The Aqui Collective shared insights on scaling projects post-MDEF, detailing their evolution from a nonprofit to a worker’s cooperative and their work on various community-focused projects in Barcelona. Key strategies highlighted included investing strategically in project sustainability, embracing local and global impact assessments, and building a committed team. They emphasized the importance of designing projects for independence, documenting processes for transparency, and applying for funding efficiently. The talk was a deep dive into the practical aspects of making meaningful and lasting social impacts through thoughtful project scaling and community engagement.

We just wrapped up our future talk with Aqui, the collective run by Roger and Clément Rames. It was really interesting, a nice little intro into how the ideas that we put forward during MDEF can develop into something else and something more after the course.

Clement walked us through how after MDEF, the collective transitioned through phases such as forming a non-profit association, dealing with accounting and finance, registering as self-employed, and establishing physical spaces across Barcelona neighborhoods. They evolved into a worker’s cooperative and undertook various projects like “Teixent Superilles,” a guide to Barcelona’s superblock concept, and “Parking,” revamping underutilized parking lots into vibrant public spaces.

They emphasized the importance of sustainability and continuity in project management, advocating for strategic investment of time, energy, and resources, and addressing conflicts promptly to prevent breakdowns. They highlighted the necessity of scaling for impact, both locally and globally, and stressed the importance of impact assessments for internal evaluation and funding applications. Looking long-term, they advised giving projects a decade to fully mature.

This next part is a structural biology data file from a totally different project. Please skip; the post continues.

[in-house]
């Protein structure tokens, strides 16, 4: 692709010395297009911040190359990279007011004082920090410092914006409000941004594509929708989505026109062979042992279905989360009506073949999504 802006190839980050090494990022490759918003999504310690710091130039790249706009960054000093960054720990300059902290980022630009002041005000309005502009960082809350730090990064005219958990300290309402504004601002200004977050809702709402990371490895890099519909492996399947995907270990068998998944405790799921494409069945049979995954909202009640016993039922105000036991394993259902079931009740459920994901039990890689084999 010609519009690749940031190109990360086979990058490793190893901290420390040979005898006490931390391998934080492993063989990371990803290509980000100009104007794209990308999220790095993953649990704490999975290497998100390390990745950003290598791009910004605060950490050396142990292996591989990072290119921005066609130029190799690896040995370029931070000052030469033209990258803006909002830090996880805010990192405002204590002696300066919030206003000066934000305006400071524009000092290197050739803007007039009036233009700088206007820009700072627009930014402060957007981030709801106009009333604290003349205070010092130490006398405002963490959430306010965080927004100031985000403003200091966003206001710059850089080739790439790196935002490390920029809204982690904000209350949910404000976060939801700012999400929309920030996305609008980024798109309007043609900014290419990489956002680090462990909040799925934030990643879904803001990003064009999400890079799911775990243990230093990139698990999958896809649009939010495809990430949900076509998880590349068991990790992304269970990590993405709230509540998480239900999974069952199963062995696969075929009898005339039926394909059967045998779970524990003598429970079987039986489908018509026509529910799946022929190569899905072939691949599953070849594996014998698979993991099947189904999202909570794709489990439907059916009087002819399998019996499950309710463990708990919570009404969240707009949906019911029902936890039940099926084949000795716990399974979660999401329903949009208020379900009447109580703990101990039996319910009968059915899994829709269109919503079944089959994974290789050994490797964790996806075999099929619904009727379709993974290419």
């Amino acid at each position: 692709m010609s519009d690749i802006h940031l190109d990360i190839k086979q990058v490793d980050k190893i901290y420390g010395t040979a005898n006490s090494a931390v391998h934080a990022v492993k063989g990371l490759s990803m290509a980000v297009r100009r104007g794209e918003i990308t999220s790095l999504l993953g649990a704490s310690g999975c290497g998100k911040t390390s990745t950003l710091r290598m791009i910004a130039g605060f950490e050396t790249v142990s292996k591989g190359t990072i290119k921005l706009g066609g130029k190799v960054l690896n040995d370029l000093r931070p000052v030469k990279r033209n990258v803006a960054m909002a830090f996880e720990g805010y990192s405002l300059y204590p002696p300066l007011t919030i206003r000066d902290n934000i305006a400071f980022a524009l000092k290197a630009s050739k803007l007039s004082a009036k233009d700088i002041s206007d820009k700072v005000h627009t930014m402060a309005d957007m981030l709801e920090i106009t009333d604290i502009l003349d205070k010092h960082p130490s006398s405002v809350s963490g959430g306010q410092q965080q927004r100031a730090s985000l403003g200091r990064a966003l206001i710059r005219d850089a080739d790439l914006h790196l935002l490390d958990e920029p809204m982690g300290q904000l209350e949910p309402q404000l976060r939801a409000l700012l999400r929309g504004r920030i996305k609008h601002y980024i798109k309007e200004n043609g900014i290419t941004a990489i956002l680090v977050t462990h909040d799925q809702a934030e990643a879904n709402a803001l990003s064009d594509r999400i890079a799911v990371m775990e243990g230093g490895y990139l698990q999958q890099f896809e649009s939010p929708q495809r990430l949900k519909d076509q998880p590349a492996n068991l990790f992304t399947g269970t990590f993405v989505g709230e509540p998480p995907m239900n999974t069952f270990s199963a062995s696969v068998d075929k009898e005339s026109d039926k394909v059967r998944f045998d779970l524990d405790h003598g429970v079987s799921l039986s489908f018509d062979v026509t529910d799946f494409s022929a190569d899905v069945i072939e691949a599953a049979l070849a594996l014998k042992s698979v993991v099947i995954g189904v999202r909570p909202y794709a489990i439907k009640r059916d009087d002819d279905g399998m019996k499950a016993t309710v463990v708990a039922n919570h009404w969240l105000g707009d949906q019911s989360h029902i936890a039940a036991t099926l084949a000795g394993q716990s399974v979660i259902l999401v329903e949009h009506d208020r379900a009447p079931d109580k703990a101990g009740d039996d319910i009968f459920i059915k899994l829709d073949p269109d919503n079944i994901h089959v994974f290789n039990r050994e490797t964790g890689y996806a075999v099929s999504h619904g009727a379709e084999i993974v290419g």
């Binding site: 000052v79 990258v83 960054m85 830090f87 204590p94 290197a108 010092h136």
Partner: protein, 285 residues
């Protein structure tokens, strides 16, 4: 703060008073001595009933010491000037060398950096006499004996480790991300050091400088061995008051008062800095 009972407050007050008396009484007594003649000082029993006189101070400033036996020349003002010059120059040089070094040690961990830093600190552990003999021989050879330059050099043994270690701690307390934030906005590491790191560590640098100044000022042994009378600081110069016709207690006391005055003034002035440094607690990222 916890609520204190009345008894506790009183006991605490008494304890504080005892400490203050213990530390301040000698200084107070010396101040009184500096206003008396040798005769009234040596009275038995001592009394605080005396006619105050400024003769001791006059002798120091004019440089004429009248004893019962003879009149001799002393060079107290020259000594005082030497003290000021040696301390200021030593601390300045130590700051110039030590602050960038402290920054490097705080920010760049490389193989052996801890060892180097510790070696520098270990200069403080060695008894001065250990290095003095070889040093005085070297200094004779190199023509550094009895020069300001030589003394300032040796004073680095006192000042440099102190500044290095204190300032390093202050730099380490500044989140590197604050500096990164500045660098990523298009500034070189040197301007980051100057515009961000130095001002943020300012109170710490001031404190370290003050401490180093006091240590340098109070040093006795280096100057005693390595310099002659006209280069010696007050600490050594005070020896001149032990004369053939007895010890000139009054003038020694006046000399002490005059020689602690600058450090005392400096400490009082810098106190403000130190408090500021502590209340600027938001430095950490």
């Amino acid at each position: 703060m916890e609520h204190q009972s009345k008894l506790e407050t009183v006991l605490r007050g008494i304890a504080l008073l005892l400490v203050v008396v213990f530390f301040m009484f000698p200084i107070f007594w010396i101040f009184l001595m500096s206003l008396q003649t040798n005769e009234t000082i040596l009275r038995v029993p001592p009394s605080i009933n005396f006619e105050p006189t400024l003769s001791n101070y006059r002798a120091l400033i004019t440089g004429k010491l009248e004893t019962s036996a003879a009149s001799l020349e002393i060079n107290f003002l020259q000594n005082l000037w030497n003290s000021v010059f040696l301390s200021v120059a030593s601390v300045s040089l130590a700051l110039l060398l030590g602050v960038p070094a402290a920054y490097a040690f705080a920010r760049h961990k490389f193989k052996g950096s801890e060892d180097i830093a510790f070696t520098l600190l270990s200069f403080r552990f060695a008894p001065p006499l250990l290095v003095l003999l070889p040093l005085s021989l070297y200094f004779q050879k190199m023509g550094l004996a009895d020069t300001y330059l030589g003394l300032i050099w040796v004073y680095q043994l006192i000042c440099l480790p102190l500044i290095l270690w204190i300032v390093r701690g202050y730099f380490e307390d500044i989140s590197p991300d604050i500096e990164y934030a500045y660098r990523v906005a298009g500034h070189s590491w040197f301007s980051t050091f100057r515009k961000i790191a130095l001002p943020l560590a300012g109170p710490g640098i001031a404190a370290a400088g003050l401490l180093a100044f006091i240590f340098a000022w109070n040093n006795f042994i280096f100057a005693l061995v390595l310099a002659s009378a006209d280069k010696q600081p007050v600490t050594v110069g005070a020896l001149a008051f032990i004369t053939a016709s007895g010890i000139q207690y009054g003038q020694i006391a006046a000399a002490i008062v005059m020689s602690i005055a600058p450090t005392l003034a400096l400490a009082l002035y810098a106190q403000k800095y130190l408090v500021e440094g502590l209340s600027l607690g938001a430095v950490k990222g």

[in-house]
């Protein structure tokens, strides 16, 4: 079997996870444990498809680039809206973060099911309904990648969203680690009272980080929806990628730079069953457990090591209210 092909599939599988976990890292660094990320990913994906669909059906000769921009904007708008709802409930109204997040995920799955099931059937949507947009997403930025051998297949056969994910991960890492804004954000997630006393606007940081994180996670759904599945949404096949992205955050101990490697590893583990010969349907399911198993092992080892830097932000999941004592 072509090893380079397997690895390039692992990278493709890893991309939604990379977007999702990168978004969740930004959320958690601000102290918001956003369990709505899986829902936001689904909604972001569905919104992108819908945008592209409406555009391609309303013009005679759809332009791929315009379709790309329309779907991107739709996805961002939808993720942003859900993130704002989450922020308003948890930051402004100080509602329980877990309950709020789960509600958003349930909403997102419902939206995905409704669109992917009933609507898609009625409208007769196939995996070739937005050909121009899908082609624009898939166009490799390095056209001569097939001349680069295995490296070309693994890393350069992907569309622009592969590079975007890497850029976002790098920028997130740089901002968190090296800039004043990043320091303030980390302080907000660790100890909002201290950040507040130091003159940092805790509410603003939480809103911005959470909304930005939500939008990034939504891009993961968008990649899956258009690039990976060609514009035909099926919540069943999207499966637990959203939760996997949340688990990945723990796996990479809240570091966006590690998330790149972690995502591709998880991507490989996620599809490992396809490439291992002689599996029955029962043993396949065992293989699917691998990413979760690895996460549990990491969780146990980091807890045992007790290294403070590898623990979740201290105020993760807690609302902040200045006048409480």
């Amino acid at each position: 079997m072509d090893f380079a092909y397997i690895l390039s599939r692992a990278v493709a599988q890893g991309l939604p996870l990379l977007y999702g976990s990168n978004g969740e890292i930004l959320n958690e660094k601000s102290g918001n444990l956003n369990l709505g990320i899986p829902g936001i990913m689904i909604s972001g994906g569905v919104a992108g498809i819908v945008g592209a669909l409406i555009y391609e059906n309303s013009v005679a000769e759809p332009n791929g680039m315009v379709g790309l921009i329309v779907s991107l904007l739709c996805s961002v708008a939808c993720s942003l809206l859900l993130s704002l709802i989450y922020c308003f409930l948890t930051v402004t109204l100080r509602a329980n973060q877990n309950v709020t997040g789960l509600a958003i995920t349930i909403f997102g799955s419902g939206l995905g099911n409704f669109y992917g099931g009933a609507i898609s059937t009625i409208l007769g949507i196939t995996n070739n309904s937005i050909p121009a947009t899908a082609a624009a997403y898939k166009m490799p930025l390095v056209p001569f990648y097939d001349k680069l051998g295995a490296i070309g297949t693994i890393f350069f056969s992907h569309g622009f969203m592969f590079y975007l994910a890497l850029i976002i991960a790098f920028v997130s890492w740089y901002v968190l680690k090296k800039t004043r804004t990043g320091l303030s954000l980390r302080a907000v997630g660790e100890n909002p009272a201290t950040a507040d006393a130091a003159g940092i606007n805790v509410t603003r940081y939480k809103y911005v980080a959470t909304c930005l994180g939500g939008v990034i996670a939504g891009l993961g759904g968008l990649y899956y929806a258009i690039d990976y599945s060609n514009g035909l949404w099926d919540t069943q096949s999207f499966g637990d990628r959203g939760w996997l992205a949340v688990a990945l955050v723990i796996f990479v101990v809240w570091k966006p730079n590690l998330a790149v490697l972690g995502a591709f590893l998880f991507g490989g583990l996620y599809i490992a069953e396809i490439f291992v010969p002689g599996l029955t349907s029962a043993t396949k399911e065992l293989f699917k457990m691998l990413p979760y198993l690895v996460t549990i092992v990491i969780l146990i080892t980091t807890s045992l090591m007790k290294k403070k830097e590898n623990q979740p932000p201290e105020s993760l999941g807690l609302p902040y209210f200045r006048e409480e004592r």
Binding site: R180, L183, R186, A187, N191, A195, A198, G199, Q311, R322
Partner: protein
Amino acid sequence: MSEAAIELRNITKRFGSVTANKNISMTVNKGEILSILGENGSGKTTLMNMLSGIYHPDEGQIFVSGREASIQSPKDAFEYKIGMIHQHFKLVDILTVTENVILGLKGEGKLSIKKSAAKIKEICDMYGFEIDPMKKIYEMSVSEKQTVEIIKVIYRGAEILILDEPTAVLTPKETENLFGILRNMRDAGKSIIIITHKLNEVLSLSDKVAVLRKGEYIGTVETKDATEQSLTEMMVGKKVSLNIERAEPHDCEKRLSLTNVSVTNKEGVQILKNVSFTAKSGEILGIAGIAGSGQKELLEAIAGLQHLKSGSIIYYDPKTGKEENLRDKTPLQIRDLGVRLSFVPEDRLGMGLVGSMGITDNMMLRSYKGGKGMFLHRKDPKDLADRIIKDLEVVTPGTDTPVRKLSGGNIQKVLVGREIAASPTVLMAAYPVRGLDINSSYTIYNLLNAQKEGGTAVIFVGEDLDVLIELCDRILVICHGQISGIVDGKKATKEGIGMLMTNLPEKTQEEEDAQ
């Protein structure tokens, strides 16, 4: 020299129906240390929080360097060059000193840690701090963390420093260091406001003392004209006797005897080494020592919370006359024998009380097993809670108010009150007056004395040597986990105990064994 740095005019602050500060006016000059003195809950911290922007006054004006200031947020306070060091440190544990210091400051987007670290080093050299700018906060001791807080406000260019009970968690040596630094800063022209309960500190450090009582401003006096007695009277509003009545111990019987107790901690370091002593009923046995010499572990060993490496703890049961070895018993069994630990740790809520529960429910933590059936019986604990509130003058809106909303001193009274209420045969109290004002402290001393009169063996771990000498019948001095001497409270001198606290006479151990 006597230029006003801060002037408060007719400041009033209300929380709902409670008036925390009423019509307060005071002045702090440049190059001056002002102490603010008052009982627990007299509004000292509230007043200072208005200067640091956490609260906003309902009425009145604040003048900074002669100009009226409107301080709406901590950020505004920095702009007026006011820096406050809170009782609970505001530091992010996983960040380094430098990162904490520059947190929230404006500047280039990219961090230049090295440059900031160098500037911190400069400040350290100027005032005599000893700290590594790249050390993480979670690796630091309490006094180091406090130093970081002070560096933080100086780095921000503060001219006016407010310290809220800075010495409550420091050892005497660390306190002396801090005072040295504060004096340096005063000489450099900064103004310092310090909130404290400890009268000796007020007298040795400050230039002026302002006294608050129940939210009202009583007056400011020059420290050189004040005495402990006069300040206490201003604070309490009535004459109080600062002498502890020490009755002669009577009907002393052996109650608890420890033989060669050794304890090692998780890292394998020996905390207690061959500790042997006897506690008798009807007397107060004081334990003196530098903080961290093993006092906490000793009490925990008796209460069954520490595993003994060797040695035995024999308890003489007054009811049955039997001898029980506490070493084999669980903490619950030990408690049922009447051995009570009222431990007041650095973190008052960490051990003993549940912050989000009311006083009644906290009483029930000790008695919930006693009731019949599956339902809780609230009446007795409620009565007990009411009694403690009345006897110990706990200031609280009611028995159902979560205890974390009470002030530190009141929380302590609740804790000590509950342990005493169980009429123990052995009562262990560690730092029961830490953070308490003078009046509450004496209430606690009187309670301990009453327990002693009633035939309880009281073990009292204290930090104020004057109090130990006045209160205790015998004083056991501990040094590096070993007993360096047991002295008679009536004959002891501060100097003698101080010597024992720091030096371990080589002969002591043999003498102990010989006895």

In terms of capacity building, building a committed community of practice and learning to delegate were underscored as crucial for creating multidimensional teams capable of tackling problems from various angles. Clement also discussed the importance of designing oneself out of the equation to allow projects to grow independently, documenting work for transparency, and strategically applying for funding to ensure efficiency.

We followed this talk up with an exercise that helped situate the projects we were working on in the context of scalability and how these projects can develop further into something else.

I really enjoyed doing this exercise because it helped me begin to dial in on how I want this project to develop afterwards. Right now I see this project existing as a tool, either as an online tool or a WhatsApp-based bot (or both, why not?) that people can interact with to learn. So it’s an educational platform maybe, but the question still remains as to how does that stay funded unless we figure out how to run a localized AI model that can do all the total energy calculations and feed it back in a conversational tone, which currently we’re using the models from OpenAI to do. It’s going to have an inherent cost, and that inherent cost is something that we are not going to be able to sustain paying for in the indefinite future.